I wish I were smart enough to figure out if these events are pop culture imitating real life or real life imitating pop culture.

Friday, January 20, 2012

Why I Teach: I Don't Think Daugaard And Schopp Get It

This morning, I loaded up some of the young'uns in a Suburban and headed to the Watertown Speech Fiesta.

On the trip, without any prompting from the SDDOE or the Governor, we discussed domestic violence, Thomas Hobbes's social contact, the ability of the U.S. to deal with the European debt crisis, the shortcomings of a tech centric mindset, and Yugi-Oh; I suppose the Governor and Secretary Schopp may not approve of the last two topics.

Debate and literature classes promote all sorts of discussion that benefit students even if the state can't develop a bubble test to check on it.

Instead of worrying about all the metrics, the Governor and Secretary Schopp should let teachers teach, an act I accomplished today by listening and driving.  They should also let students learn; something my kids did today because what they were learning wouldn't be on the test.

Thursday, January 19, 2012

A Plan To Evaluate Legislators

Bob Mercer reports that Nick Moser wants to amend the South Dakota Constitution "to eliminate the provision that legislators receive five cents per mile for their trips to the Capitol at the start of session and their trips from the Capitol at the end of session."

Mercer writes that "[f]or the rest of their trips they already get standard mileage rates paid by state government."  Apparently, legislators want the same mileage rates for the trips to open the legislature and return home at the session's conclusion that they receive at other times

I'm usually not a fan of constitutional amendments, but I will support this one with a few caveats.

First, only those legislators who have degrees in agronomy should be guaranteed the increased mileage payment.  The legislature needs more farmers among its numbers, and this mileage payment might provide an incentive for farmers to run for the legislature.

Second, only the top 20% of the rest of the legislators can receive the increased mileage payment.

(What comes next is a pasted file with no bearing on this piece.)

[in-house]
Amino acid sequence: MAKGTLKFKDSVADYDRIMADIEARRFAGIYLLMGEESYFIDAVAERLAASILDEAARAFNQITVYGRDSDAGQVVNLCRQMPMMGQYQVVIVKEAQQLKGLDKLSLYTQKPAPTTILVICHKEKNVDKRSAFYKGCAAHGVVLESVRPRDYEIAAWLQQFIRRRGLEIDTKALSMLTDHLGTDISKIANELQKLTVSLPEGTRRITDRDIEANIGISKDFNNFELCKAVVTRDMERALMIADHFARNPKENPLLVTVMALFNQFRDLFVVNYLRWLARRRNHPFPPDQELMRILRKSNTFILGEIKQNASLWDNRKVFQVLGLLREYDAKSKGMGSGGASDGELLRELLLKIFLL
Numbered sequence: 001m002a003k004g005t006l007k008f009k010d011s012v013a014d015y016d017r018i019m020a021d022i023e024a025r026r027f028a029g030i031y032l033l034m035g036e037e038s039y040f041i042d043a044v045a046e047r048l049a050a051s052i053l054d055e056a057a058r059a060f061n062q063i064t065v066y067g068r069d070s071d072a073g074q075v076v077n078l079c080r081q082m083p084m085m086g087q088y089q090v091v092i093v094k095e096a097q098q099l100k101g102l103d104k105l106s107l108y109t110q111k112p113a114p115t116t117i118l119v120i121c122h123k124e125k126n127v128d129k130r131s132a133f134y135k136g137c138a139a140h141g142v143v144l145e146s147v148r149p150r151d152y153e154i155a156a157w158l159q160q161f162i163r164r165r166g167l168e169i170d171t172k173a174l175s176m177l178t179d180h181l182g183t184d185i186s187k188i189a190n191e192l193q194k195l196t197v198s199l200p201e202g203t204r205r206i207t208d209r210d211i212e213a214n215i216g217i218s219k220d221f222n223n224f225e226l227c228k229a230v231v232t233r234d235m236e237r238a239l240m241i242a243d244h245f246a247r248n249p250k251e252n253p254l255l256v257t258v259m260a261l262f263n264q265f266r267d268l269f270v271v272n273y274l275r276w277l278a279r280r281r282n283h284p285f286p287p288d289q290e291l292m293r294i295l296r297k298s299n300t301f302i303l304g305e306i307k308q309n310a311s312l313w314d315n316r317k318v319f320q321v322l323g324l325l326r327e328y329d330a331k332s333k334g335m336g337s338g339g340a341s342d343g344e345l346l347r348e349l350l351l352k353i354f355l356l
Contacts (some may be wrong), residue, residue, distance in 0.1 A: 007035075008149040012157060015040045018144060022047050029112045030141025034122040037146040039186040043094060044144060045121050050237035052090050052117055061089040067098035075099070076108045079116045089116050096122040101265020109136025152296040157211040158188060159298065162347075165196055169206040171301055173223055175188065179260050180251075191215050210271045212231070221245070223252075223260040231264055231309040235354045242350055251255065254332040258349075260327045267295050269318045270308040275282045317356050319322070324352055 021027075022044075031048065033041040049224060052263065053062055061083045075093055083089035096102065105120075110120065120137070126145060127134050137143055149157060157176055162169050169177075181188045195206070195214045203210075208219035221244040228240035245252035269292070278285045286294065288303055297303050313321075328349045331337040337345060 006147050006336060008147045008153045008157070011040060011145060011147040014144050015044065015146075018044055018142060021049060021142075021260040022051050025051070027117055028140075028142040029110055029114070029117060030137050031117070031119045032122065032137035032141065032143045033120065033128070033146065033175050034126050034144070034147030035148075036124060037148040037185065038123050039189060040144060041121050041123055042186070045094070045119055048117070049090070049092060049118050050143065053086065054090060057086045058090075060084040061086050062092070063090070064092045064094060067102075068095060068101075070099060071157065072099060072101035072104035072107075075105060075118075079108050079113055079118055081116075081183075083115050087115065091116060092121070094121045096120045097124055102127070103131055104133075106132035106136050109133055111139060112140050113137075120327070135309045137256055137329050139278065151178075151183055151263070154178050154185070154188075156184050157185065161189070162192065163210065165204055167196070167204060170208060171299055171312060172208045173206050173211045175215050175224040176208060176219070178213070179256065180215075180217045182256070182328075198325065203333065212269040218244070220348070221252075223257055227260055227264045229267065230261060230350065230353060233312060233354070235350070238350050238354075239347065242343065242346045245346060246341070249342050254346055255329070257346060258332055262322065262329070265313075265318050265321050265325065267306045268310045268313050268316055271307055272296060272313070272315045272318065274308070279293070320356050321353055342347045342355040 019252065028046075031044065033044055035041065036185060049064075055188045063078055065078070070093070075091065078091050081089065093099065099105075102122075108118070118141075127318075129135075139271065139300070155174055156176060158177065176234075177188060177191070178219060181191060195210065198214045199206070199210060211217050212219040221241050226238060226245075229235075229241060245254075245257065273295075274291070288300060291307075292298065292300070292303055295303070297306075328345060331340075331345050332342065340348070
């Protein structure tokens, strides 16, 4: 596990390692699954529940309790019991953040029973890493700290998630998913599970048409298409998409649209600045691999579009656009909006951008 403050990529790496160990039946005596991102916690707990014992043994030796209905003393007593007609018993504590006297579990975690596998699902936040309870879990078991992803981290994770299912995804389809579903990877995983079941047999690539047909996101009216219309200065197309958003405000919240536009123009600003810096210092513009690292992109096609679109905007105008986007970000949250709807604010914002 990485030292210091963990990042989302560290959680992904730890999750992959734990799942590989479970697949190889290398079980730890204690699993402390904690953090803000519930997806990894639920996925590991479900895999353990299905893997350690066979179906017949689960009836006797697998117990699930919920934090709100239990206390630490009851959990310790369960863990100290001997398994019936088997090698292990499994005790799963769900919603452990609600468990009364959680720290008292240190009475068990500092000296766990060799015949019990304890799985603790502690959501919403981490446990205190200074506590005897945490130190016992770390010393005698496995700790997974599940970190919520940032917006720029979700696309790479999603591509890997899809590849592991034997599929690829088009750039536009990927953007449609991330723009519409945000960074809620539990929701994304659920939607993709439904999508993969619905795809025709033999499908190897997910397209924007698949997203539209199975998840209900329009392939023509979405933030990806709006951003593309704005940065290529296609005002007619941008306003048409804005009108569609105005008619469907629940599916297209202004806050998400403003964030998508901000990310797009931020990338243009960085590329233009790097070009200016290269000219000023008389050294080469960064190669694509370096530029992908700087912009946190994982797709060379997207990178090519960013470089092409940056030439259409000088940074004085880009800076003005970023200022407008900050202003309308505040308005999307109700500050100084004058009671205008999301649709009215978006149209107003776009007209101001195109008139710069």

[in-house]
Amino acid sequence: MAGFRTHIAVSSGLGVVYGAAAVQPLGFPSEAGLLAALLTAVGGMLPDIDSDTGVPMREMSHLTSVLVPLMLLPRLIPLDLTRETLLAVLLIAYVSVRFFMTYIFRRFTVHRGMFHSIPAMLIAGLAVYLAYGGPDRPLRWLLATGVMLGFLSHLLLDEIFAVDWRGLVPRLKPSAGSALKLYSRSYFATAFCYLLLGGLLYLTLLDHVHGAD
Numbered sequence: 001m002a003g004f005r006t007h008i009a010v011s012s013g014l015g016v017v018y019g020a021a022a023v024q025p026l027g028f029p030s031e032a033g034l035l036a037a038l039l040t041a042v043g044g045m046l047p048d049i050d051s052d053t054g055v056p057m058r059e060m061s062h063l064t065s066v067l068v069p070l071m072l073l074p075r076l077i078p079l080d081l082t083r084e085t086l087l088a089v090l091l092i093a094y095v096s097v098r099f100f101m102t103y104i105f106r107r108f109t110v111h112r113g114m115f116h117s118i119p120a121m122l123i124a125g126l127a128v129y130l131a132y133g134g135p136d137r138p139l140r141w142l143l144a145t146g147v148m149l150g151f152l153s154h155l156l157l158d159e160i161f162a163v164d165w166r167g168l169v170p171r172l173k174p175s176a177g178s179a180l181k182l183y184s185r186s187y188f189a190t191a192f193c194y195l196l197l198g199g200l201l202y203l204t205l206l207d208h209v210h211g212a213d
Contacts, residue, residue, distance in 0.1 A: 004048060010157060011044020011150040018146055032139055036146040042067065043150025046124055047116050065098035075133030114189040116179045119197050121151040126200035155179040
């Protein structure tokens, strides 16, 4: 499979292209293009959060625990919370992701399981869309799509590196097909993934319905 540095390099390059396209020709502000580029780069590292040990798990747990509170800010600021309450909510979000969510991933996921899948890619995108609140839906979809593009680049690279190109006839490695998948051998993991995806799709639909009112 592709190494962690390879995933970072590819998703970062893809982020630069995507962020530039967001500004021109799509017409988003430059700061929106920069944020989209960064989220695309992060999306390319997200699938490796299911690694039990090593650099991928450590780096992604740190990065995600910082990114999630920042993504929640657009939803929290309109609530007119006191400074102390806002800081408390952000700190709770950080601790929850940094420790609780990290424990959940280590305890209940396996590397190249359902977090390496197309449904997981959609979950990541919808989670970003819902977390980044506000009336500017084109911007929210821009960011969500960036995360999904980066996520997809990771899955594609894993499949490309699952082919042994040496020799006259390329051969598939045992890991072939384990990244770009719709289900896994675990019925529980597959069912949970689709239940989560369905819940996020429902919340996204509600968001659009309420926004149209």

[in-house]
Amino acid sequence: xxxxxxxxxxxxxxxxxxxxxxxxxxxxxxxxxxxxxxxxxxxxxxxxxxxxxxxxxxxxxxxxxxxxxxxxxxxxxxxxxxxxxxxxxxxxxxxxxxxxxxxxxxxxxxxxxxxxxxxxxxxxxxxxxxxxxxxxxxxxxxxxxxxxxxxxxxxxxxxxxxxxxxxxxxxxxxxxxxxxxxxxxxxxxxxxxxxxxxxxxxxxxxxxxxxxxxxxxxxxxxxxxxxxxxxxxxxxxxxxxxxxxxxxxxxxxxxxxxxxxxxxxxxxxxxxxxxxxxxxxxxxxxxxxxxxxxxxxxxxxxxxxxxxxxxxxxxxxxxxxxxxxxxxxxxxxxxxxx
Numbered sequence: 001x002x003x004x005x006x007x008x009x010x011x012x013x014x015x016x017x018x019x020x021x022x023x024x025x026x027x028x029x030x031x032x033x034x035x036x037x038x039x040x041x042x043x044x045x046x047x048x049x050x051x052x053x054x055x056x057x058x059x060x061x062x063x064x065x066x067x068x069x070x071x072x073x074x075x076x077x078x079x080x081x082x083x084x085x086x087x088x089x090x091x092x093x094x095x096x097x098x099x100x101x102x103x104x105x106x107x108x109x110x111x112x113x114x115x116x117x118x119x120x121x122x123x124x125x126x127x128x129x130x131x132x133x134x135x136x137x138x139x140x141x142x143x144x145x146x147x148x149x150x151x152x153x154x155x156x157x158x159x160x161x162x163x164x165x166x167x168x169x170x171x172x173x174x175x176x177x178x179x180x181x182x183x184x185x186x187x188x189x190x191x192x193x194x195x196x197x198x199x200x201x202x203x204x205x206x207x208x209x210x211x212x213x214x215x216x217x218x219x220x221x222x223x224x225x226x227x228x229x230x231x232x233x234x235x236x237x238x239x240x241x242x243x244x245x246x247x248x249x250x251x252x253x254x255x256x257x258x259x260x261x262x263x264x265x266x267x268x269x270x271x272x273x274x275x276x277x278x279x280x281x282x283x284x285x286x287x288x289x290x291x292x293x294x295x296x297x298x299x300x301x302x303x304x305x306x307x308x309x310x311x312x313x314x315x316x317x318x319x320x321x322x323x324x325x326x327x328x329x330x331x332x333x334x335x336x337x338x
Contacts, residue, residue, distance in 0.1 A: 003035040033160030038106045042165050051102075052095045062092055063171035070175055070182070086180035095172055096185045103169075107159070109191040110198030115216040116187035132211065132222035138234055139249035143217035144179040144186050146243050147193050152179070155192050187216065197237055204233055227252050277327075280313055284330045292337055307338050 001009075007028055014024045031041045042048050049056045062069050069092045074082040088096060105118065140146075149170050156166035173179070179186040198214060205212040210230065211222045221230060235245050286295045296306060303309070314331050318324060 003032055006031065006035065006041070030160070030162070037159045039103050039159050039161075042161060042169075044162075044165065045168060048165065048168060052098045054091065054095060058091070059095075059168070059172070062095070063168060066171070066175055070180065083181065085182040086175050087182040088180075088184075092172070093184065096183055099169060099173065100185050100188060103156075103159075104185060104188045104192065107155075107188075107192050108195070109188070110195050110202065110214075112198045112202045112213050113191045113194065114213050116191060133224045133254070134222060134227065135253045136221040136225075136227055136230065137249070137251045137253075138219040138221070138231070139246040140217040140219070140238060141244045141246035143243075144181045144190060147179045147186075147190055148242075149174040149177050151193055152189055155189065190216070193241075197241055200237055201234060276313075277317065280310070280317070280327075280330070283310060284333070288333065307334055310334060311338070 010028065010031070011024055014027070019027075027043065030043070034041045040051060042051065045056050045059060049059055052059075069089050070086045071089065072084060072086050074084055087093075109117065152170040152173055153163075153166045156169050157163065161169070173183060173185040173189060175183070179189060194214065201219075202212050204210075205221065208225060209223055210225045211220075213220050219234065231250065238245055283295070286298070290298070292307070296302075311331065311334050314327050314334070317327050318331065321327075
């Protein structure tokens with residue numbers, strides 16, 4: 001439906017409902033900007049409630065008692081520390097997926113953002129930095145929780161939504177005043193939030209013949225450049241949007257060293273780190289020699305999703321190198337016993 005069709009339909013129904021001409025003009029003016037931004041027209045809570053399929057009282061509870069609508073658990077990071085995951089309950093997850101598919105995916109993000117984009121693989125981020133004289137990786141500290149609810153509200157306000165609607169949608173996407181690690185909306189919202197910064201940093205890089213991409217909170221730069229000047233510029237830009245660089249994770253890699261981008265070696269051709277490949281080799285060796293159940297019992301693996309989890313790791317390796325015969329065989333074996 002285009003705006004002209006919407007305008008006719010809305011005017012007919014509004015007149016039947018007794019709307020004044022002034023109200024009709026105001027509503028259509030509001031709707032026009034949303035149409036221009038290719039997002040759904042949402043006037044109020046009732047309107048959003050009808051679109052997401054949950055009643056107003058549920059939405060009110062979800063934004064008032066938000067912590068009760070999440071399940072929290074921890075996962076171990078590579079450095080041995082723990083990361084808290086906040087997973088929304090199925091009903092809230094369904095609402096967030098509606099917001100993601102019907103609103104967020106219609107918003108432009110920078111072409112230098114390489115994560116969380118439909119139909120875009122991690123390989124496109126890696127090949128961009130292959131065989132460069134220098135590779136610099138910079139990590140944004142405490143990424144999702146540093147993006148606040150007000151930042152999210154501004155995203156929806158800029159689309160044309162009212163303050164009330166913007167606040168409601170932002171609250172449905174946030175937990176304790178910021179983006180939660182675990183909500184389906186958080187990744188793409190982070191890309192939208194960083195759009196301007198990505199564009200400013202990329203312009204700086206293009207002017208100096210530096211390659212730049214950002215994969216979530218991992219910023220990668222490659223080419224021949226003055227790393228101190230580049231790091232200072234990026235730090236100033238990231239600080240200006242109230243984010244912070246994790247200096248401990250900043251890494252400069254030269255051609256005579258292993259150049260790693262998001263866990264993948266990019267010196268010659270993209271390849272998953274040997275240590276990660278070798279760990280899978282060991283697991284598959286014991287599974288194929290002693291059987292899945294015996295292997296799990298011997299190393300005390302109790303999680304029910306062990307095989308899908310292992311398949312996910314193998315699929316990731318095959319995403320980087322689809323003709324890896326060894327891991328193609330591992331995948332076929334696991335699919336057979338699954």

Third, the evaluation determining whether one is in the top 20% will be determined as follows.

A. The per capita income in the legislator's district is in at or above the state average.

B. All voters in the legislator's district score proficient or above on a test developed by a Texas company.  The test will cover knowledge of events that transpired during the past session.  After all, legislators should be responsible for communicating information to their constituents.

C. Legislators put a "How am I driving bumper sticker" along with a toll-free phone number on the back of their cars so that constituents can be sure that the tax money is being spent responsibly and complain to the proper authority if it is not
D. Governor Daugaard will dirve behind each legislator and fill out an evaulation on the legislator's driving.
I expect Representative Moser to be "excited about that,”

Surely he will continue to say,
“It is going to come down to what your outlook is on it. It is not going to take away from anyone.  I . . . [am] very excited to have the opportunity to get that bonus. If I wasn’t chosen for the bonus, I would be excited for my colleague who was chosen. I don’t see where there would be any criticism from that.”

Kevin Lein Offers An Evaluation Suggestion

Harrisburg principal*, Dr. Kevin Lein, weighs in on Governor Duagaard's merit pay proposal. In a letter to the editor,  Lein suggests,
Designating a portion of the governor’s proposed funding to train and utilize our retired teachers as an independent evaluation team would generate confidence and fairness in the system of rewarding teachers for their hard work and talent. A large percentage, 70 percent, of the assessment process could lie with educators who have worked in this business for more than 30 years, with the remaining 30 percent of evaluation the responsibility of administrators, peers (as per the Danielson Framework suggestion) and connect with pre- and post-testing that displays student growth.